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Mount Qomolangma - Our obsession with the world's tallest mountain

BETWEEN 1847 and 2005, the height of Mt Qomolangma (Mt Everest) was measured no less than 10 times - each time with different results. Why are we so obsessed with this mountain? Zhang Jiangqi reports.

The year was 1719 - the 58th year of the reign of the Emperor Kangxi during the Qing Dynasty (1644-1911). Placed on a floor of green-gray bricks was a copperplate map of Mt Qomolangma, the mountain also known as Mt Everest.

This map, painstakingly produced based on field research, accurately indicated the location of the world's highest mountain, with its name labeled in Manchu to signify it as part of the empire.

In 1721, a woodcut version of this map was produced, this time with the features labeled in Chinese characters. In 1933, more than two centuries later, the same map was reproduced in Europe, with its features labeled in French.

From then on, the name "Qomolangma" (in Tibetan meaning Saint Mother) appeared in many different languages. Lin Chao, a geographer from Peking University who wrote a 1958 essay titled "The Discovery and Naming of Mount Qomolangma," believed that it was in China that the mountain was first identified and named.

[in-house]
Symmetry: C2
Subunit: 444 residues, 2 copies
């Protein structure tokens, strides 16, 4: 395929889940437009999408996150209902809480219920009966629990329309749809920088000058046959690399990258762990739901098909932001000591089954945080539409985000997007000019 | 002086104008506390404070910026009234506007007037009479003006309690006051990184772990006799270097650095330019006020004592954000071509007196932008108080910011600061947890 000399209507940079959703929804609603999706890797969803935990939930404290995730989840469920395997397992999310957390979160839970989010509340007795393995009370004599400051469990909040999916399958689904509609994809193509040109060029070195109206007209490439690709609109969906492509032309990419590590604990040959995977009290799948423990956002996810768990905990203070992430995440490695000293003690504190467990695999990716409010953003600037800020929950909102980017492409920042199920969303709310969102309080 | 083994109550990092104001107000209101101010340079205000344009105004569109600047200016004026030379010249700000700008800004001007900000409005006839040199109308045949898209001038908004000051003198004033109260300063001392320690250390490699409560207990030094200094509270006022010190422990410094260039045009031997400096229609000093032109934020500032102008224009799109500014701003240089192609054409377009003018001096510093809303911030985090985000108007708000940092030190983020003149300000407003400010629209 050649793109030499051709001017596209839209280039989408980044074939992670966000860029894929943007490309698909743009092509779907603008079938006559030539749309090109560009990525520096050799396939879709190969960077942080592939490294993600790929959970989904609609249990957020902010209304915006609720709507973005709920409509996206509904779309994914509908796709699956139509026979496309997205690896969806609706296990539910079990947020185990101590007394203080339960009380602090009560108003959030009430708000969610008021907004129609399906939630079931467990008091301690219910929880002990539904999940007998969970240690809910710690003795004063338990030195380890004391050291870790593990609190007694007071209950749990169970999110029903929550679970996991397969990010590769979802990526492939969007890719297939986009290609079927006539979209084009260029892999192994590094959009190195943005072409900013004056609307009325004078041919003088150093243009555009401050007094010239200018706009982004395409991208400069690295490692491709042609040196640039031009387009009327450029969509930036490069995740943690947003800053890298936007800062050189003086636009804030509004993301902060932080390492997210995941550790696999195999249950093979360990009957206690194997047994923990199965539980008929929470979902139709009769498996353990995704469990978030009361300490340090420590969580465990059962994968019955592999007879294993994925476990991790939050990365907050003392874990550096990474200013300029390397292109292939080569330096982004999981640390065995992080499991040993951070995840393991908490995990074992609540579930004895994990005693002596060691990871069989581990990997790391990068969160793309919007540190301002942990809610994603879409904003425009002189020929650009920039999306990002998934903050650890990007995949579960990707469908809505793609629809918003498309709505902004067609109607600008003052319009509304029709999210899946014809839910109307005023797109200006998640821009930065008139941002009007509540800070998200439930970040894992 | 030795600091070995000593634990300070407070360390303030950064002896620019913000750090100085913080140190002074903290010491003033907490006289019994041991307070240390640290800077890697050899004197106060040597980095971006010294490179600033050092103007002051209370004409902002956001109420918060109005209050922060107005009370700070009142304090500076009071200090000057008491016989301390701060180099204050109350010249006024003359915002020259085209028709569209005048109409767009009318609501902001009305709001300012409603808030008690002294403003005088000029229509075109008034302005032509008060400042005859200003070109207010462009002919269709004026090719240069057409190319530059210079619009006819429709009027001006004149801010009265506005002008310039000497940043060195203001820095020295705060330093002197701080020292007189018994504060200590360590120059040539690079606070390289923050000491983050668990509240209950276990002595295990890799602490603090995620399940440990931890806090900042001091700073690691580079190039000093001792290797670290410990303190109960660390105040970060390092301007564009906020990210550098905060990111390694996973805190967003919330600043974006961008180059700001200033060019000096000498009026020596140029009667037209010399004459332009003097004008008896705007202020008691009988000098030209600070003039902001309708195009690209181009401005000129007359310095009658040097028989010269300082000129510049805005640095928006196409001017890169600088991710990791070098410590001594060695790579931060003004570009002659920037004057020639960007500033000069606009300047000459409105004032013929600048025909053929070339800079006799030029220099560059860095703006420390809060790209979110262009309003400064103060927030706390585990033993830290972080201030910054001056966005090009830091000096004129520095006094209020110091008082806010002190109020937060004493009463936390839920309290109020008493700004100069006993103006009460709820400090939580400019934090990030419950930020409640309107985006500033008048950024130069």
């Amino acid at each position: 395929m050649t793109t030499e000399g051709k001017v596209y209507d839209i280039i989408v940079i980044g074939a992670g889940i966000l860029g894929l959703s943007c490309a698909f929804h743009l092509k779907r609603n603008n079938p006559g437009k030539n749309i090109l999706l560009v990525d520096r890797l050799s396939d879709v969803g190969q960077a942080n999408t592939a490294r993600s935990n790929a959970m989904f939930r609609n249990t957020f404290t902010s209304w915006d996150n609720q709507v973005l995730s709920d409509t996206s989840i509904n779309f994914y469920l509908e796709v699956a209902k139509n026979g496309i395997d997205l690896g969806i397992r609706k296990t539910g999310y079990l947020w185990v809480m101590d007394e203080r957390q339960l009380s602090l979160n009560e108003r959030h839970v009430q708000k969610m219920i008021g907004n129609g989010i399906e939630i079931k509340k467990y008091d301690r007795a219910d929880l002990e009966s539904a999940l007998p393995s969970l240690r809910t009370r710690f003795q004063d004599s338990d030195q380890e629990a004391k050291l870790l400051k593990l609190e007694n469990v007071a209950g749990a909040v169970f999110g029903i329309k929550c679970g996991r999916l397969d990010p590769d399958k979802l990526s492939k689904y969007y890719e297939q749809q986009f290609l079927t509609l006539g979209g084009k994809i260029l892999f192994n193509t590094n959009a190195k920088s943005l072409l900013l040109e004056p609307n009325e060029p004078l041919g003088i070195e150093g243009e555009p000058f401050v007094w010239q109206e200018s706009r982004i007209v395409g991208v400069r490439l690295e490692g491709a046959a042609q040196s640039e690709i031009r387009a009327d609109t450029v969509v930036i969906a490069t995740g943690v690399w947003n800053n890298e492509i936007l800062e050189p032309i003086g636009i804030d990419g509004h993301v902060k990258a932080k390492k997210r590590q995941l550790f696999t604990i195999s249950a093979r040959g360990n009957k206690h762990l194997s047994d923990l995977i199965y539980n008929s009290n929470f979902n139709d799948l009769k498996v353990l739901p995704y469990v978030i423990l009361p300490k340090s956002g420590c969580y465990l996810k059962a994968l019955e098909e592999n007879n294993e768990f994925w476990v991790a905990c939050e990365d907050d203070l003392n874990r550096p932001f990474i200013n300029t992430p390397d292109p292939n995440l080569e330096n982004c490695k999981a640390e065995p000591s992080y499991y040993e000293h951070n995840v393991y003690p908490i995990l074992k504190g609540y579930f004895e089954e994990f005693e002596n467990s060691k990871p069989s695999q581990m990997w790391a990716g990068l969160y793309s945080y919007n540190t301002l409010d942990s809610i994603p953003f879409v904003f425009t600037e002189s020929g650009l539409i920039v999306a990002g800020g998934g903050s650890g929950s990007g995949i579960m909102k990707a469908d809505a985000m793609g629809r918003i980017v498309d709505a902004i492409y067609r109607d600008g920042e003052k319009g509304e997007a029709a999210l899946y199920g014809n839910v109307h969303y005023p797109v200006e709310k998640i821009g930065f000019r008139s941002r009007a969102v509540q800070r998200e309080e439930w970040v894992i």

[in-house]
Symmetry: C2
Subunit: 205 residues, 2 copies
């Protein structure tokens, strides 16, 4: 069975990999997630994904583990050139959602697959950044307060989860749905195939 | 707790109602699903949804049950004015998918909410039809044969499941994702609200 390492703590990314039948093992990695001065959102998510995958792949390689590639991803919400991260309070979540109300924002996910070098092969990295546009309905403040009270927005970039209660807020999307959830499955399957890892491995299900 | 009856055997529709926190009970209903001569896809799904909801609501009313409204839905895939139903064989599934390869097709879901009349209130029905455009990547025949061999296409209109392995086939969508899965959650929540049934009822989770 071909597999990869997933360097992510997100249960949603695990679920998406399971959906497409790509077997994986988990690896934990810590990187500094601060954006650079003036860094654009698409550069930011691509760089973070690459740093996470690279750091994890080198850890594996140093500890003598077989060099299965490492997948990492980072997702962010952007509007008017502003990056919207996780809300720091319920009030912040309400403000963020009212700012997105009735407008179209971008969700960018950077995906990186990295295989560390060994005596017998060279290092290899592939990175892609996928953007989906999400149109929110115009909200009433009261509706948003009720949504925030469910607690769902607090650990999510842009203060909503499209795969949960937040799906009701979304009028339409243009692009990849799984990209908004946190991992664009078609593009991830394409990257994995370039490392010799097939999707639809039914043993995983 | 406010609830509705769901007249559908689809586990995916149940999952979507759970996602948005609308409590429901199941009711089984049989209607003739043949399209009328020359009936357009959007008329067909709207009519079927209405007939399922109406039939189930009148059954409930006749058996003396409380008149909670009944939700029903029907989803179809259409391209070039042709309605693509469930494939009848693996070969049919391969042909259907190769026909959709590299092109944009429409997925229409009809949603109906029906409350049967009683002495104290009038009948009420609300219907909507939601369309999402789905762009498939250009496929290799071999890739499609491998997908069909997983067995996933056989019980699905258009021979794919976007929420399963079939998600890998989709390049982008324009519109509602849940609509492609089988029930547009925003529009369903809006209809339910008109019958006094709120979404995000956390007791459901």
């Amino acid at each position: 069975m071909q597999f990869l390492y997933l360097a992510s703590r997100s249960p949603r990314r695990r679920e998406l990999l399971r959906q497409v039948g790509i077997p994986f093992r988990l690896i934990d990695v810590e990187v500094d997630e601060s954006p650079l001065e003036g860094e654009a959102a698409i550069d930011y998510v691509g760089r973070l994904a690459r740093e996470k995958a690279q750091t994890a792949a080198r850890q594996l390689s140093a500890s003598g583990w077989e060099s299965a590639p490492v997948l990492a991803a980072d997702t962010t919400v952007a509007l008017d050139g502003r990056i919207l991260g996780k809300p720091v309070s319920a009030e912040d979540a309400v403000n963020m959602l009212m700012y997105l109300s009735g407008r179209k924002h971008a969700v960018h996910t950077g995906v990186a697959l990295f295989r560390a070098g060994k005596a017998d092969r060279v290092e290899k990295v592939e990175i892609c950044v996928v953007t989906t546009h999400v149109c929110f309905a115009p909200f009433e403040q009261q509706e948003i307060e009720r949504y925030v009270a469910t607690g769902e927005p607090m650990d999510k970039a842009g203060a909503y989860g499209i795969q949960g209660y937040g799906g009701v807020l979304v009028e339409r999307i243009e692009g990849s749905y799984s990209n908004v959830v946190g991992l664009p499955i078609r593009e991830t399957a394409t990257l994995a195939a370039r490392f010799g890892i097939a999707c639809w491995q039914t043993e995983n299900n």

In the 19th century, the colonial powers of Britain, France and Germany embarked on a series of trigonometric surveys to map and consolidate their overseas territories. These efforts, which were later known as the Great Trigonometric Surveys, were to last for half a century.

This work was primarily concerned with determining the positions and distances between surface features and territorial boundaries, and to represent all this information accurately on a map. It was around this time that George Everest, the surveyor-general of India, carried out the Great Trigonometric Survey of India from the Indian plains to the Himalayas, where every peak in the range was measured.

In 1847, Mt Qomolangma was verified as the world's highest peak. Back then, the observation station was sited 322 kilometers from the mountain, and the height obtained was 8,778 meters. The mountain was later named Everest by the Royal Geographical Society in honor of George Everest.

Calculating the height of a mountain on Earth is tricky business. The ellipsoidal shape of the planet means that trigonometric calculations get increasingly difficult the further the observer is from the mountain.

Complex mathematical and physical analyses are needed to pinpoint the precise height and location of the mountain on a curved plane. Subsequent surveys were able to take this into account and provide a more accurate height.